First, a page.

Monthly Archives: July 2010

Uncertainty in Patent Rights

Here is a quote and lesson for patent seekers and others involved in patent law. Also, it contains one of the first references that I have found equating patent rights to property rights: “It should also be borne in mind that no property is so uncertain as ‘patent rights’; no property more speculative in character […]

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Differences Between Patent Reexamination and Patent Reissue

Reissue applications generally allow for correction of a larger scope of errors than patent reexamination, but reissue is only available to patentees (patents that have already issued). The process of reissue permits patentees to correct defects relating to subject matter eligibility, utility, written description, enablement, and clarity of the original claims. Reissue applications additionally allow […]

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Requirements for Trademark Abandonment

Abandonment A trademark is considered abandoned if the trademark owner ceases use with an intent not to resume use. See 15 U.S.C. ยง 1127. A statutory presumption of abandonment arises when a trademark owner fails to make use of its mark for at least a three-year period. An assertion of abandonment can be used offensively, […]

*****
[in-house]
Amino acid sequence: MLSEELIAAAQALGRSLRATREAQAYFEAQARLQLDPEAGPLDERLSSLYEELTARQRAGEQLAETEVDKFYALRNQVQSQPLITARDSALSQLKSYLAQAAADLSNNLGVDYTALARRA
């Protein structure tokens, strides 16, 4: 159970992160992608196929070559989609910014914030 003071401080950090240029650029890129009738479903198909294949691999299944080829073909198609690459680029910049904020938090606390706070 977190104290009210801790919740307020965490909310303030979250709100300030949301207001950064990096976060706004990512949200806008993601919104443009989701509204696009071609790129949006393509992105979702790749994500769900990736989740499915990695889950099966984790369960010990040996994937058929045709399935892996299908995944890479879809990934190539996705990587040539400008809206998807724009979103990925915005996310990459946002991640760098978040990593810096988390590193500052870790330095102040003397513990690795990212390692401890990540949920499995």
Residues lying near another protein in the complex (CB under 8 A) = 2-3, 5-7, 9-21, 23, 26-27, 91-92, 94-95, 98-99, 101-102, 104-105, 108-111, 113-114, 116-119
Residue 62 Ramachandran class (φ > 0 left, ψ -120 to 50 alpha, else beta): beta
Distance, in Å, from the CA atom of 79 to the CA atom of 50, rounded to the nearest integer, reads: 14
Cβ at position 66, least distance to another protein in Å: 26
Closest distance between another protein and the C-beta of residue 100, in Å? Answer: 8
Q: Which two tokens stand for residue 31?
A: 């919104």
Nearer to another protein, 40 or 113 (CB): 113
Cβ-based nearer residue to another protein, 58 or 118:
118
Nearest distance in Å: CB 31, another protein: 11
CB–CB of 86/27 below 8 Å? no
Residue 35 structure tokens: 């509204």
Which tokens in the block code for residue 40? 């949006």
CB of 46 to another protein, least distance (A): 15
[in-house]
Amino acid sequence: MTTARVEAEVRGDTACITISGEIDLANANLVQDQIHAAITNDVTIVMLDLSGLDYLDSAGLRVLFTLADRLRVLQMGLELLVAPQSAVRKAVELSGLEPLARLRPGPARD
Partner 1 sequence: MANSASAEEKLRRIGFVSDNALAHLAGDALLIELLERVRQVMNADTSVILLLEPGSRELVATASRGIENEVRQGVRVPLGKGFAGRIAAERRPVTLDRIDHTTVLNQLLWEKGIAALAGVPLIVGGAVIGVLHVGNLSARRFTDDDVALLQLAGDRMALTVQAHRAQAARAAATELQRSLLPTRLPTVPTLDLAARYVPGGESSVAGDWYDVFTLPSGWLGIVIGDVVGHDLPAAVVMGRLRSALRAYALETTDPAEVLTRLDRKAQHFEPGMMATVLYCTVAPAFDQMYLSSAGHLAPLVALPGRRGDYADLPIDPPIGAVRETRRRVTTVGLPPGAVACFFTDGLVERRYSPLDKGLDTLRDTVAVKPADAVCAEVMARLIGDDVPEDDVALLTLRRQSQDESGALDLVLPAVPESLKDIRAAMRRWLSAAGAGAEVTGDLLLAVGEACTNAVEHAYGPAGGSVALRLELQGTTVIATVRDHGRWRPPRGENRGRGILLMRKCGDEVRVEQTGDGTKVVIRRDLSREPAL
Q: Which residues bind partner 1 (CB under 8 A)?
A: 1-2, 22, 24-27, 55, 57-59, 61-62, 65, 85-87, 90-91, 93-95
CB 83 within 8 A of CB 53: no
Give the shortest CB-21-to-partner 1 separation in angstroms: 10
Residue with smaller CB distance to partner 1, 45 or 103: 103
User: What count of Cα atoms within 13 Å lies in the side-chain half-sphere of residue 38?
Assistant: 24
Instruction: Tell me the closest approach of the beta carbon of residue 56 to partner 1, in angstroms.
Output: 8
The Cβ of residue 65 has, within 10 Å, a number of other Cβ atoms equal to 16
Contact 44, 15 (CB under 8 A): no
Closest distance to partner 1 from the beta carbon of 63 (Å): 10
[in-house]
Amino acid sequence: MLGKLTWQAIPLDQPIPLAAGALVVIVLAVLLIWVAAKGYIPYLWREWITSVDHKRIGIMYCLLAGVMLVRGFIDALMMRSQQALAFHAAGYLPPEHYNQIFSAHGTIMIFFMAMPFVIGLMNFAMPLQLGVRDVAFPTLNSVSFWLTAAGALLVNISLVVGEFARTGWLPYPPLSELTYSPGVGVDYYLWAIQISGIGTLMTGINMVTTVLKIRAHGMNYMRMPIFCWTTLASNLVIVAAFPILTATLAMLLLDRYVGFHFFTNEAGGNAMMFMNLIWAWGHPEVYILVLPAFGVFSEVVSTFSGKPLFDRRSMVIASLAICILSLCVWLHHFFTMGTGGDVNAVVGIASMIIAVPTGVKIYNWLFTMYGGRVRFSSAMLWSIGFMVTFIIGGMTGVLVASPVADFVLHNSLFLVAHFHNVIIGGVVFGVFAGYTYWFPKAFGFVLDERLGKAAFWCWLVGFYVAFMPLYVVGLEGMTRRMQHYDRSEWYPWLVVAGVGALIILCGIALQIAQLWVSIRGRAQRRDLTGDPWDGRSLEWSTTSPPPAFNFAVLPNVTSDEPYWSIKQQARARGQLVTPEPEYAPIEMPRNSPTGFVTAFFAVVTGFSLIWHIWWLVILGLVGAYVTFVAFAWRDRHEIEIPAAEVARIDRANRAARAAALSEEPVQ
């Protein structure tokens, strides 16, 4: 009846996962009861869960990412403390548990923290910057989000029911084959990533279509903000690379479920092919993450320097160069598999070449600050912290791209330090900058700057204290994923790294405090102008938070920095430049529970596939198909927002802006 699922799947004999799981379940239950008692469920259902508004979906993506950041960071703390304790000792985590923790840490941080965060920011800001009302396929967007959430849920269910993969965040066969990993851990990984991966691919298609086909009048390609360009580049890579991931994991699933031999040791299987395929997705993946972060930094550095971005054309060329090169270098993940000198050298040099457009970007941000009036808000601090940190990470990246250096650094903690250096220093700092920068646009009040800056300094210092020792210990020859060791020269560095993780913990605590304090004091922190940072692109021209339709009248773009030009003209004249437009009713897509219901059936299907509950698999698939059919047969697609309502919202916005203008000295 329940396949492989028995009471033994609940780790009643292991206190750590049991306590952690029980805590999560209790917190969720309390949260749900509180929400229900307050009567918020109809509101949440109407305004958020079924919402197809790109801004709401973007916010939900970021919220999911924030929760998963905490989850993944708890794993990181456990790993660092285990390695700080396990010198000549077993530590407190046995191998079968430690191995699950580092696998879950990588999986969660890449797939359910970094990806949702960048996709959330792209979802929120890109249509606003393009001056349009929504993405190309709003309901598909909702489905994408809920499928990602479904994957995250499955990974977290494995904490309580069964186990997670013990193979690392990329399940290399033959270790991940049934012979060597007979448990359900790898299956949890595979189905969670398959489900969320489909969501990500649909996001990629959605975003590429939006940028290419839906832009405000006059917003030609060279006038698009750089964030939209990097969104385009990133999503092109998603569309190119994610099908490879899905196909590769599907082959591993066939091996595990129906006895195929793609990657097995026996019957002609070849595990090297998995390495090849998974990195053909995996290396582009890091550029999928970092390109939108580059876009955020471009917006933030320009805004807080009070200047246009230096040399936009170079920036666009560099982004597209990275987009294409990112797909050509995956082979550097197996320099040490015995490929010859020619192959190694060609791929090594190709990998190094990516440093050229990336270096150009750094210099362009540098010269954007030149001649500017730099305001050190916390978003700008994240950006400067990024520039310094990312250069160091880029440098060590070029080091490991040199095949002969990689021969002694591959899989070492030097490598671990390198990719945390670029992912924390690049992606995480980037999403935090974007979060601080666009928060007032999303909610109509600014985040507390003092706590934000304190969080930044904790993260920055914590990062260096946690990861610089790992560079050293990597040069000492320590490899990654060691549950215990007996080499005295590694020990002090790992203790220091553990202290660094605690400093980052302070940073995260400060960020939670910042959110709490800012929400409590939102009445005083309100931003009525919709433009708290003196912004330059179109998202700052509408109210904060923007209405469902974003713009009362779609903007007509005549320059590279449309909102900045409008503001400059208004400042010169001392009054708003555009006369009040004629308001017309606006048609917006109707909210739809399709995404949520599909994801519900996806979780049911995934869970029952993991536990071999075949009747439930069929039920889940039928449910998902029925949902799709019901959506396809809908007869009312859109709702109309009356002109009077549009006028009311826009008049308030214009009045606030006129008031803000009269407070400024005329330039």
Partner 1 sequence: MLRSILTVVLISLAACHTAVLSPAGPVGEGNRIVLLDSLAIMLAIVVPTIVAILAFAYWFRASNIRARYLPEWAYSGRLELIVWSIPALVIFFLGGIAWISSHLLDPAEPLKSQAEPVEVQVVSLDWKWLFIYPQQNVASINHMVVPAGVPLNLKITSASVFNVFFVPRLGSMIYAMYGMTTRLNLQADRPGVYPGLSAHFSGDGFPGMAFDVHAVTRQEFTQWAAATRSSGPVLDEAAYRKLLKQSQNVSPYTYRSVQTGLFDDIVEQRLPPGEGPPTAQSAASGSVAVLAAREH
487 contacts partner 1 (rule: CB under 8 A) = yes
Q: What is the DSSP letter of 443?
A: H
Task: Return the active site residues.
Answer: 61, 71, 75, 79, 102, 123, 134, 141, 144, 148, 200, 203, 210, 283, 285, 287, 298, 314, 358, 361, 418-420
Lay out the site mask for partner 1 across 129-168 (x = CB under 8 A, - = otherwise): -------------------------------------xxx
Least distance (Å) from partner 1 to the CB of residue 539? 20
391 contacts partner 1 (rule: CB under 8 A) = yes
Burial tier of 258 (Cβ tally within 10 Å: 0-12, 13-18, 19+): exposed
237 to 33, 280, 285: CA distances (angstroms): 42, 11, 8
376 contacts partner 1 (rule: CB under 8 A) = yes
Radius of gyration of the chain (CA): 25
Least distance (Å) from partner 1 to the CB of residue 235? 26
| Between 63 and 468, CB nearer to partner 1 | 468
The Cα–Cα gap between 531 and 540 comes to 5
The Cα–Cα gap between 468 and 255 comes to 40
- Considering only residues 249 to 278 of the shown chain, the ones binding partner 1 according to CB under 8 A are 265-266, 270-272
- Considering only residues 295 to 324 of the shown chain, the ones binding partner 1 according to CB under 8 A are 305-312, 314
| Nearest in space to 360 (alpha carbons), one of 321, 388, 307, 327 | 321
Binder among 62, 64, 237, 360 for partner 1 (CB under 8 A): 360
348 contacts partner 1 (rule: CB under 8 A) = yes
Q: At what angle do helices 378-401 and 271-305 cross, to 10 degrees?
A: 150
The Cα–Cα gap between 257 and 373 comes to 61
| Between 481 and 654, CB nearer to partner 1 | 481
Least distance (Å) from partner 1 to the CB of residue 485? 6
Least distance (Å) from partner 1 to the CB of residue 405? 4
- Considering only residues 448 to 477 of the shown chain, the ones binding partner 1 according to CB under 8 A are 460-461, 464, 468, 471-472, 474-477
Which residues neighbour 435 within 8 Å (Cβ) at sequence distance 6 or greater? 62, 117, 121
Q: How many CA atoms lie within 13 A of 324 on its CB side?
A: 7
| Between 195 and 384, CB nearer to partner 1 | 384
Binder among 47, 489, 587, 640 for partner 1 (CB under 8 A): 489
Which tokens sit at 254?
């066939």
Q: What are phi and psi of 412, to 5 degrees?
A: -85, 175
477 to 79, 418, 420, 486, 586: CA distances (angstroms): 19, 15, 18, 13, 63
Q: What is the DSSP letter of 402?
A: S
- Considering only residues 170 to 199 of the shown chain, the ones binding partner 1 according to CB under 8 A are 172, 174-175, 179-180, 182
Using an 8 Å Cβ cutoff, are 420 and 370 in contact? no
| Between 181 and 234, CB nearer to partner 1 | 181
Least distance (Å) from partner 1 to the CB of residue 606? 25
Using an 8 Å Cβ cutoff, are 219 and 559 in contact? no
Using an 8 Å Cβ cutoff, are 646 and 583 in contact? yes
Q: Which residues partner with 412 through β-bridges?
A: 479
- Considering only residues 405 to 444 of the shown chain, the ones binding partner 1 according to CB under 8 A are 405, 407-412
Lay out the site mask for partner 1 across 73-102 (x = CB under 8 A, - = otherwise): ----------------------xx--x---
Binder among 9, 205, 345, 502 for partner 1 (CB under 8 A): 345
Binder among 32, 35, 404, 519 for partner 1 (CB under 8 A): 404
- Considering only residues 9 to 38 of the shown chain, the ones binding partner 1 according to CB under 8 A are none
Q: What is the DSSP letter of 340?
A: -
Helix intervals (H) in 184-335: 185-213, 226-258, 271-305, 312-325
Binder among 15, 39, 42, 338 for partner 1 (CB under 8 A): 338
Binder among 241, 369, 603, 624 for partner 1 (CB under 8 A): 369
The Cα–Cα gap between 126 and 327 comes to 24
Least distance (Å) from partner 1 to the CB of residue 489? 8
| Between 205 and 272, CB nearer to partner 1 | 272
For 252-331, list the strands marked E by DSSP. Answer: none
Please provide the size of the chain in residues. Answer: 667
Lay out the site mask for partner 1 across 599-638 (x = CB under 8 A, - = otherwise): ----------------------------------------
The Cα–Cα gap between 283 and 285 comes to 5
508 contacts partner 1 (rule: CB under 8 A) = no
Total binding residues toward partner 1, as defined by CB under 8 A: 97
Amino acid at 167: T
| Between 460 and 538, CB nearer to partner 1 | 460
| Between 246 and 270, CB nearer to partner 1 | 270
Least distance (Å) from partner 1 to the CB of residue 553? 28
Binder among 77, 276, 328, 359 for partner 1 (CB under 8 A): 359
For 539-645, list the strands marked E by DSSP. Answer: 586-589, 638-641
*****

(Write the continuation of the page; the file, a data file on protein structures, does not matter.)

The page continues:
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Aligning Intangible Business Assets with Business Objectives

I am often asked, “How can my company best align its intellectual property (IP) portfolio with our business objectives?” The answer is pretty simple. Tarek N. Fahmi, a partner in the Silicon Valley (California) law firm of Sonnenschein, Nath & Rosenthal, has stated that IP can be aligned with business objectives by performing a good […]

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